THIS TOWN HAS JUST witnessed a case of domestic violence that is as extreme as anything to come along in this area in some time. Rita Fox lived with a man five years, had three children by him -- ages 2, 1 and 2 months. In the last two years, she told the court, his behavior changed, he beat her, stabbed her, threw grease on her, and beat the children.She petitioned the court for a civil protection order last September when she was six months pregnant. The U.S. Marshal's office tried five times to serve summonses on the man, but they could not find him.

But even if the order had been obtained and he had been prohibited by the court from harassing or threatening her for a year, no one could have kept the man away. That's the way the system works.

And so on the morning of March 9, only hours after police were called to Fox's row house and only hours after they told the man to stay away, someone heaved a lighted can of kerosene into the room where Rita and her children slept. The children were burned to death in an instant inferno. The man Darnell Winfield Jackson, has been charged with murder.

A number of women's organizations have scheduled a hearing at 1 p.m. Friday in the District Building to find out how this tragedy could have been averted, to focus on loopholes in the current laws and to pressure public agencies to be more responsive to perilous living situations of battered women.

This is no small number of people in Washington. The citizen's complaint center received almost 10,000 reports in 1980 from women who showed up claiming they were abused. After being interviewed by paralegals, some 2,200 women were referred to the corporation counsel's office for hearings and 924 of them had hearings scheduled that led to an unknown number of civil protection orders. Another 189 of them had cases of such severity that they were referred to the U.S. attorney's offfice for criminal prosecution.

While the case of Rita Fox is particularly horrible in its outcome, its handling illustrates how the system fails to protect battered women, says Lauren Taylor, a community educator with the Women's Legal Defense Fund. Taylor was one of the founder's of My Sister's Place, a shelter for battered women run by the WLDF, and has worked with battered women for three years both in the shelter and on hotlines. My sister's Place takes in 250 women and children a year and turns away five times that number for lack of space.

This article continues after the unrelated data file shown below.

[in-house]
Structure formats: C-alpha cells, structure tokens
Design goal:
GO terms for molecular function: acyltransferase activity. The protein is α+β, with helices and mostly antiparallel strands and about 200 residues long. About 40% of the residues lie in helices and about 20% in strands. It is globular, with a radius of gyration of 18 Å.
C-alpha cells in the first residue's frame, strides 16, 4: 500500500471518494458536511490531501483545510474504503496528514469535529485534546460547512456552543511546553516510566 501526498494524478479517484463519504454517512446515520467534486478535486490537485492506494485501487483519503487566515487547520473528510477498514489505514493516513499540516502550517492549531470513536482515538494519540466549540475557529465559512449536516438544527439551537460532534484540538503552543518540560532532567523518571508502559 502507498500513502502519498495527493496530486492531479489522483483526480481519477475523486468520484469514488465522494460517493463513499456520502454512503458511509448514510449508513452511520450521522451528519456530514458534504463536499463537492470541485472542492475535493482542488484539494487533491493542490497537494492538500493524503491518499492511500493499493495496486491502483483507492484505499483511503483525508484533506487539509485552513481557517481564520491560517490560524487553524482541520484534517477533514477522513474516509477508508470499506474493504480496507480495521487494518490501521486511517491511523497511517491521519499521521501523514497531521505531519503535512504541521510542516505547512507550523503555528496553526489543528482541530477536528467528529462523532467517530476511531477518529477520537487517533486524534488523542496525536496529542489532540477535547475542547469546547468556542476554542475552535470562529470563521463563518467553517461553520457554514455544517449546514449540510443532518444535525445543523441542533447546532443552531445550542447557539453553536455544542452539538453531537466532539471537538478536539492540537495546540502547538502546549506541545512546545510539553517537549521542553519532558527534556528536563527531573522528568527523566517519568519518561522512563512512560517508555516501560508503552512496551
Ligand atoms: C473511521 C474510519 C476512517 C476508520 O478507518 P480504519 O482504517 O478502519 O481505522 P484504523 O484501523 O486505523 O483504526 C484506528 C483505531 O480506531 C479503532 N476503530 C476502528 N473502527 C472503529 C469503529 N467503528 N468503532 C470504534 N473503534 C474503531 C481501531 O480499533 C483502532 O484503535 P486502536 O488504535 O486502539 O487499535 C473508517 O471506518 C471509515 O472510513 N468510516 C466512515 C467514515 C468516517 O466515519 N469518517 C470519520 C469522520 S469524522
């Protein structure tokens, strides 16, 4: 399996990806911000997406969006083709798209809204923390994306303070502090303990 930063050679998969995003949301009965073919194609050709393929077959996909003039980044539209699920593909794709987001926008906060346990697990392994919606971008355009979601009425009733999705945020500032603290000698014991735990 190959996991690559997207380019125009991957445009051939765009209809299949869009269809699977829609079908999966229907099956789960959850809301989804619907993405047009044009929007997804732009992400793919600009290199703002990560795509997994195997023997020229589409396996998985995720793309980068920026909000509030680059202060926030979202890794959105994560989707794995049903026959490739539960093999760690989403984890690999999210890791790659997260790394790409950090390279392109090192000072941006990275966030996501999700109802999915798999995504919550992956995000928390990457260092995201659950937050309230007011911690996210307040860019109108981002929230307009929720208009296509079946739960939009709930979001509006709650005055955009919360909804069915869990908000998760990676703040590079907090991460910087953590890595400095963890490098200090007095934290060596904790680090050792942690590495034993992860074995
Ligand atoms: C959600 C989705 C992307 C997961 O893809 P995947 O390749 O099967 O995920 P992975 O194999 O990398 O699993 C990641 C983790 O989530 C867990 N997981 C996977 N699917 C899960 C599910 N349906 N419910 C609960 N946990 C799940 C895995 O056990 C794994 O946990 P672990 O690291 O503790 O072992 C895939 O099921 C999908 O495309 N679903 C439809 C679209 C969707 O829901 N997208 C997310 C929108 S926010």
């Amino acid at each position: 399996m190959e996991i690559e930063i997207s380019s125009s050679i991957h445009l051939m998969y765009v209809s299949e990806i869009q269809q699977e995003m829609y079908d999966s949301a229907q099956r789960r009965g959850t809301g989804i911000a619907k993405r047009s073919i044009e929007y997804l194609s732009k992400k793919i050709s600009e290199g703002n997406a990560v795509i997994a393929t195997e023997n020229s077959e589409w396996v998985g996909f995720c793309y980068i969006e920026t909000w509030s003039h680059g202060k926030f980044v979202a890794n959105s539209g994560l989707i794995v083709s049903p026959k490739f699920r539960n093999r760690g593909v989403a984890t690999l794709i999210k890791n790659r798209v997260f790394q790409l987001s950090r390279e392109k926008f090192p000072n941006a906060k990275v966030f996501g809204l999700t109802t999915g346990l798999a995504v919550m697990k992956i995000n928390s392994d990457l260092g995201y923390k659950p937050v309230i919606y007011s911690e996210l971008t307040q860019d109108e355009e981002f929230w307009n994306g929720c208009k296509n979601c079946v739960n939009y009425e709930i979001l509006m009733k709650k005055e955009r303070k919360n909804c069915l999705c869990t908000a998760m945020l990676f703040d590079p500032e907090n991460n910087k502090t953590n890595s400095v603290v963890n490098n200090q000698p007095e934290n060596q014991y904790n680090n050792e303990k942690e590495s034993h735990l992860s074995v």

"This is a very typical example of the way the systems and the agencies in the city deal with the problems of battered women, and how they fall through the cracks," says Taylor. "The police have no authority to enforce the civil protection order." Then, she says, when they do answer a complaint of domestic disturbance, "they say everybody cool out and they tell the guy to walk around the block.

"Then police will tell a woman she can go to the citizens complaint center . . . but that is only open 9 to 5, which isn't accessible to a lot of women who can't afford to take time off from work." There, an emotionally distraught woman may tell of the most recent incident, but not know that she should present a history of abuse, if it exists. Thus, the paralegal might opt to recommend that authorities pursue the case as a civil matter rather than a criminal assault.

"For a lot of good reasons the civil system can be more responsive to the needs of a family," says Taylor, "but it also means that the assault isn't treated as seriously as a criminal assault." Then, the wait for a hearing can be up to six weeks, during which time the woman may continue to live with her mate while he cajoles or threatens her into dropping charges. Meanwhile, the marshal's office has to serve the mate with a subpoena, which may not be easy, as in the case of Jackson.

Rita Fox's case is a tragic argument for simplifying procedures for obtaining a civil protection order so that women can obtain them unilaterally when a man successfully ducks summonses. It is also an argument for enhancing the capability of police officers to enforce court orders designed to protect women against dangerous men. As it now stands, a woman who obtains such an order has to go back through the citizen's complaint center to initiate another hearing at which time the man may be held in contempt. But the police, on the spot, have no authority to enforce a CPO that is being violated.

Police can arrest someone if they have probable cause to believe an assault has been committed. They should also be allowed to arrest someone if they have reasonable cause to believe a civil protection order has been violated. They arrest you if you say "hijack" on a plane and they arrest you if you make some offhand threatening coment about a president. These may seem like extreme reactions, but we understood in making those laws that we were dealing with life and death matters and we value lives of passengers on airplanes and of men we put in the White House.

And we ought to value the lives of battered women and children enough to give them protection that works. For them, too, it is a matter of life and death.